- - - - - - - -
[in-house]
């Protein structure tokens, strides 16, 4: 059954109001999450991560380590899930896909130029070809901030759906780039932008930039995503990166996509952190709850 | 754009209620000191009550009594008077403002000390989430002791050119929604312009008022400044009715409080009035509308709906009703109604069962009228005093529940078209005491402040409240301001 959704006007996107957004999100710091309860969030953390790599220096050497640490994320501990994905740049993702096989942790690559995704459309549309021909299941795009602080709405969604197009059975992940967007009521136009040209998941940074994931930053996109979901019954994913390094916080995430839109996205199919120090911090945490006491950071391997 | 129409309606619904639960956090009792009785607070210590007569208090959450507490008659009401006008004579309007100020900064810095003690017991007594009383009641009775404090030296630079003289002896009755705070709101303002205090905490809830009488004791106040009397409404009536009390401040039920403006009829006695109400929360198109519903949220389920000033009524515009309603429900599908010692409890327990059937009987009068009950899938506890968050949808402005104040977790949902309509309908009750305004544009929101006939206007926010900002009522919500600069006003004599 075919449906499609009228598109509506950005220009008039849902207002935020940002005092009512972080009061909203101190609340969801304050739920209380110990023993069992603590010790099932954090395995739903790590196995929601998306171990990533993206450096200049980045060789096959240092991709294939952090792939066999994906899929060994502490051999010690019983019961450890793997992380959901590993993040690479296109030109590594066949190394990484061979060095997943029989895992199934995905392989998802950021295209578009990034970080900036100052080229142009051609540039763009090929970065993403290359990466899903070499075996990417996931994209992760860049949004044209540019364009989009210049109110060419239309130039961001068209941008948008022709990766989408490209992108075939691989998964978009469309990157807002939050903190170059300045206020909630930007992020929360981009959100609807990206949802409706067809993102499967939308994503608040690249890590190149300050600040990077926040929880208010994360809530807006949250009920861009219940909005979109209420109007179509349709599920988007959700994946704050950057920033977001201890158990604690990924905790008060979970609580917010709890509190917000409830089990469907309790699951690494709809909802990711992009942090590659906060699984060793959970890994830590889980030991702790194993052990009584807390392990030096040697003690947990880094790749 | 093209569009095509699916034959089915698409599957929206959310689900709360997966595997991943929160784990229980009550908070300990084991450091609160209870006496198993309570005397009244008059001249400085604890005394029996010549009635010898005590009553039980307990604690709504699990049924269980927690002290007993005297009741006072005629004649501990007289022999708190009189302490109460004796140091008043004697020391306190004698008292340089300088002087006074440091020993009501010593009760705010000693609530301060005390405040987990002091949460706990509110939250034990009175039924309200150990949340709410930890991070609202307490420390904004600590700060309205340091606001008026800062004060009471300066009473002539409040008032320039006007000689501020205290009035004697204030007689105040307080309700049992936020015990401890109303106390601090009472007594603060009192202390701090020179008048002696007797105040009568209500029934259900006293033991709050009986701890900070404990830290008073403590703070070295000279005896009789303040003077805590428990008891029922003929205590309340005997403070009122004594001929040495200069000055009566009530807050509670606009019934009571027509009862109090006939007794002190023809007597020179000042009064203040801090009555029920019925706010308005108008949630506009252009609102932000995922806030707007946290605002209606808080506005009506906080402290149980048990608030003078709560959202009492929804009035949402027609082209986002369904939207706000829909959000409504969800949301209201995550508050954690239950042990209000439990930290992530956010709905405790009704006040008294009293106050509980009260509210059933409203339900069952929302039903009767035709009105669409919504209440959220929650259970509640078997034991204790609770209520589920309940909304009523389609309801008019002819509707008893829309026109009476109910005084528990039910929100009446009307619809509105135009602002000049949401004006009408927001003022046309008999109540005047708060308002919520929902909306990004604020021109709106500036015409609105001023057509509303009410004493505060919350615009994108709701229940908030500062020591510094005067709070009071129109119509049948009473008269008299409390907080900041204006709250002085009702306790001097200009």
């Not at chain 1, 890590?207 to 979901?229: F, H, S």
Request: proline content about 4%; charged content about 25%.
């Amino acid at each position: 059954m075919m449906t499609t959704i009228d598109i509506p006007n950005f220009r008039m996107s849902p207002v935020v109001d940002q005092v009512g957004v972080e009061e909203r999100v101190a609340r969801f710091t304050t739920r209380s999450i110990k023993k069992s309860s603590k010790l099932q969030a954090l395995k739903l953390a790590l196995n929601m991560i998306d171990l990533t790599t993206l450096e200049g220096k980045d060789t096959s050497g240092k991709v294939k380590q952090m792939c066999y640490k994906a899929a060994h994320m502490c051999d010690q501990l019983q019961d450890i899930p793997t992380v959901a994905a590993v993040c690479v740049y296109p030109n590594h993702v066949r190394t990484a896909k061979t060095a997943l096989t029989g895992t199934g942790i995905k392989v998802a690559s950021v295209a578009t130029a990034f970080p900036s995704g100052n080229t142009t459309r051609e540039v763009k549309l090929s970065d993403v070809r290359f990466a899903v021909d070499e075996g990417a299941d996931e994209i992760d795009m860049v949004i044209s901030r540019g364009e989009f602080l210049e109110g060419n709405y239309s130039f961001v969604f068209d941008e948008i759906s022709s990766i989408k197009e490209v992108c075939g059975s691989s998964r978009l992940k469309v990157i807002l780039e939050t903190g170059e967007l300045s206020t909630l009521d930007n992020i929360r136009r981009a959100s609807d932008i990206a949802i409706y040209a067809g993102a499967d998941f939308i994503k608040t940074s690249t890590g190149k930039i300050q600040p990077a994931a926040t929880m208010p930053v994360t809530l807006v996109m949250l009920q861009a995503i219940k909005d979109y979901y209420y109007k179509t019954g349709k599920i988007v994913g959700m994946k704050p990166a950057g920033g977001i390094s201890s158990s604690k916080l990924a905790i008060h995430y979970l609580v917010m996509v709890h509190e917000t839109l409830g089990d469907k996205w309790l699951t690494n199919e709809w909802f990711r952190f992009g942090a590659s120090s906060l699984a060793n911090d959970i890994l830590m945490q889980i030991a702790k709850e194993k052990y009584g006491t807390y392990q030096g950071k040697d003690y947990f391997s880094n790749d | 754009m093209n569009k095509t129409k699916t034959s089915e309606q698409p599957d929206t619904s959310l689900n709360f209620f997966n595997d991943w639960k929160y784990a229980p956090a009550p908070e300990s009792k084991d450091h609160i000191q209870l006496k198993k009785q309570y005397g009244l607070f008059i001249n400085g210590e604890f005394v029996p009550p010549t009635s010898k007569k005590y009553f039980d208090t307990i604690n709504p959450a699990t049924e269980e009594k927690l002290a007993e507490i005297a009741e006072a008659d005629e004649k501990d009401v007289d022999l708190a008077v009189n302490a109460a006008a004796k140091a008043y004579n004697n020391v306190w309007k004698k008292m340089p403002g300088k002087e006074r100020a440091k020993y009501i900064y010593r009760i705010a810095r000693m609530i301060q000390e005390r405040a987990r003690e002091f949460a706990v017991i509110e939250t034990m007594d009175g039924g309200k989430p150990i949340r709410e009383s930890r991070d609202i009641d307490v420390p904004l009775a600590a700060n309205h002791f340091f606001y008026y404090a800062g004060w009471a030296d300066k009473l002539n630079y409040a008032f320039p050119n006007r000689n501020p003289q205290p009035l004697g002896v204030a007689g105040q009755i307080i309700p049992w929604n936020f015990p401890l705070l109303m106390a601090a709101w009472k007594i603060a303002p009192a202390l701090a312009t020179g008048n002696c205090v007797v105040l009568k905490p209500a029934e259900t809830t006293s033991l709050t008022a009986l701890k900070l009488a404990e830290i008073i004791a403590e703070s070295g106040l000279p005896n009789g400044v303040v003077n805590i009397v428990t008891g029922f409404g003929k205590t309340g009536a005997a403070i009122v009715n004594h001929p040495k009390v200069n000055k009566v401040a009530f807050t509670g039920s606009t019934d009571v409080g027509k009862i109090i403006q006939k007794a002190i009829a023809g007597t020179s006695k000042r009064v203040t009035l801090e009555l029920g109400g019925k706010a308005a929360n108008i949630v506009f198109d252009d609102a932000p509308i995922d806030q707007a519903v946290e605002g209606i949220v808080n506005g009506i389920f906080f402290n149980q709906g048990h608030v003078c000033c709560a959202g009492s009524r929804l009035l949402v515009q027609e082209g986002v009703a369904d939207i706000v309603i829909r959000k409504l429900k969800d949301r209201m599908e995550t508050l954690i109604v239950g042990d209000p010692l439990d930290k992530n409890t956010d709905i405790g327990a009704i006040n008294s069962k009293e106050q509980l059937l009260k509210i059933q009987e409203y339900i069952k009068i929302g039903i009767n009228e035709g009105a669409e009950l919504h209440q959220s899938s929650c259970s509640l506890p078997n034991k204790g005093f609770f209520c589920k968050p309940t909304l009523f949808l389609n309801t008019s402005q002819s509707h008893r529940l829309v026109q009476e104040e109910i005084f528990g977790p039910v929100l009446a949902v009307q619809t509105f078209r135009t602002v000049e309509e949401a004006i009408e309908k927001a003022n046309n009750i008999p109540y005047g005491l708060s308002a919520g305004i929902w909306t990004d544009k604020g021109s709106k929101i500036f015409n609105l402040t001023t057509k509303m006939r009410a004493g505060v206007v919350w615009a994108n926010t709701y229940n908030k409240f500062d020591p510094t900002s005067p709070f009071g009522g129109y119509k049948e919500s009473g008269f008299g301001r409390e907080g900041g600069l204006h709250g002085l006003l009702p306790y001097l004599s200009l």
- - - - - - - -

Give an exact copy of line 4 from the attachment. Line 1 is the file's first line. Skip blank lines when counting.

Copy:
Request: proline content about 4%; charged content about 25%.